Monday, March 21, 2011
Band Geeks (re) Unite!
We're getting the band back together! The marching band, that is. After more than twenty-five years apart, a group of former band geeks (well, I'll only speak for myself) dating all the way back to the class of 1978 will be gathering around drink coolers and finger food for an afternoon of story telling and marveling at how none of us has aged. I'm sure we'll laugh about those heavy, red uniforms, lousy with gold buttons (Brasso, anyone?), that made us sweat straight through our underwear in August and those embarrassingly tall, furry hats that made this group of teenagers look like we should be guarding the castle of the Wicked Witch of the West instead of marching in time across a football field. I'm hoping that once the adult beverages come out, so will stories divulging what happened that one time at band camp and maybe even a few secrets will be spilled about the antics in the back of the dark bus on the ride home from late-night competitions. Ah, yes...a bunch of forty-somethings smiling and laughing like teenagers without mortgages and steady jobs, and I can't wait.
Music fills nearly every waking moment of my life. There was never any question that I would be in the band. I watched as my older brother excelled in music, and I wanted to follow in his foot steps. Being four years younger than he, I idolized his high school friends with their feathered hair and freedom. He would take me with him to marching band practice, and I can vividly remember those cool, autumn nights as I sat on the top step of the school and watched them rehearse below me on the parking lot. I tried so hard to act cool when I was actually allowed to enter The Band Room with the older kids, but cool doesn't come easy to a dorky eighth-grader. (Come to think of it, cool doesn't come easy to a dorky forty-two-year-old either.) I fell desperately in love with no less than half a dozen of these high school boys, most of whom didn't even know this shy thirteen-year-old girl existed. They had no idea how I would melt inside with just a passing smile and "Hello". For those few brief minutes, I pretended I belonged there. Oh, how I counted the days until my sophomore year, waiting impatiently to be a part of this musical family.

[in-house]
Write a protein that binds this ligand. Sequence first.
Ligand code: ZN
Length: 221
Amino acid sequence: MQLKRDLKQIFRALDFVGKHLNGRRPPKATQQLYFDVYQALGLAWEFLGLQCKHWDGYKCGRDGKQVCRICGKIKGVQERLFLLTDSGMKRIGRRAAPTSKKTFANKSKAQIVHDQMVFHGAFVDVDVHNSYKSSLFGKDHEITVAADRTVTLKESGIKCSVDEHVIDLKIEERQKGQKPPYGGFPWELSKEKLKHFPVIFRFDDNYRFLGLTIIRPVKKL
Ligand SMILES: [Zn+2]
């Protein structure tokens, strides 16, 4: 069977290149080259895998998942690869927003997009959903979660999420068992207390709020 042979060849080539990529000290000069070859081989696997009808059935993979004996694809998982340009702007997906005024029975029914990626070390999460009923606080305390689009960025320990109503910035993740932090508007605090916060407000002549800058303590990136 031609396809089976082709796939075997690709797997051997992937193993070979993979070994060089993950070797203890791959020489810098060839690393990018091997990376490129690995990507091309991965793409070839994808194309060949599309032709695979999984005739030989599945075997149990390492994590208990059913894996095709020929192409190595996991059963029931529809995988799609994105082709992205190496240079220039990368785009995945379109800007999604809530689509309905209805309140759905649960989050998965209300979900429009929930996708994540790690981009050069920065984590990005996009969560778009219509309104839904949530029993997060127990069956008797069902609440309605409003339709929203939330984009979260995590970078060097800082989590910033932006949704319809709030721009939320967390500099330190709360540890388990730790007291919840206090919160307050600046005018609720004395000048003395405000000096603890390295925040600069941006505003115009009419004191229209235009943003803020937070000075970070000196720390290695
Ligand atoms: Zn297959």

When my time finally came, I ditched my saxophone during marching season so that I could be on the color guard. It was a position that would put my smiling face in front of the band, twirling a rifle for the world (well, a small fraction of North and South Carolina) to see. Plus, it got me out of wearing those God-awful uniforms, although an ascot, cummerbund and beret weren't showing up on fashion runways at the time.
It was hard work. I remember those sweltering days on the ball field at camp, relentlessly practicing our routines. My big 80's hair helmet wilted under the blazing sun and stifling humidity. There were days when I thought I would spontaneously burst into flames right there on the fifty yard line. It was worth it, though. I remember having tears in my eyes the first time we marched onto the field for a Friday night football game. I was so proud of Us, so proud of what we had accomplished in those few, short months. We were, in my opinion, spectacular, and I was in my element at last.
But, things changed for me after a while. I began to feel conflicted about the perceived stigma of being in the band. My heart was telling me to stay, but that insecure part of me that was ravenously craving popularity was telling me to go. I longed to be a part of the other side of Friday night - the cheerleaders and football players. I wanted to be noticed, and who would give this dork a second look if I was hiding behind a big, red cummerbund?
So, I quit. It broke my heart, but I took the poor advice of "friends" who didn't know the real person behind the Aqua Net hairdo. I never did make it with the "cool" crowd, but in retrospect, it's no surprise. What I was too young and stupid to see at the time was that being a part of this marching band gave me the confidence that I lacked everywhere else in my life. When I stood on that field, I felt invincible and accepted. What I wouldn't give to experience that incredible rush of emotion today.
I'm counting down the days again, but this time the only sweat will be on the outside of my cup of wine. I still have those same butterflies in my stomach just like I did when I was thirteen. The thought of seeing these grown-up teenagers makes me anxious with worry that I'm still as geeky as I ever was. I will probably still avoid eye contact and twirl my hair, but I'm going to try to follow our beloved band director's advice: Don't hesitate, anticipate, or look at the ground...or something like that.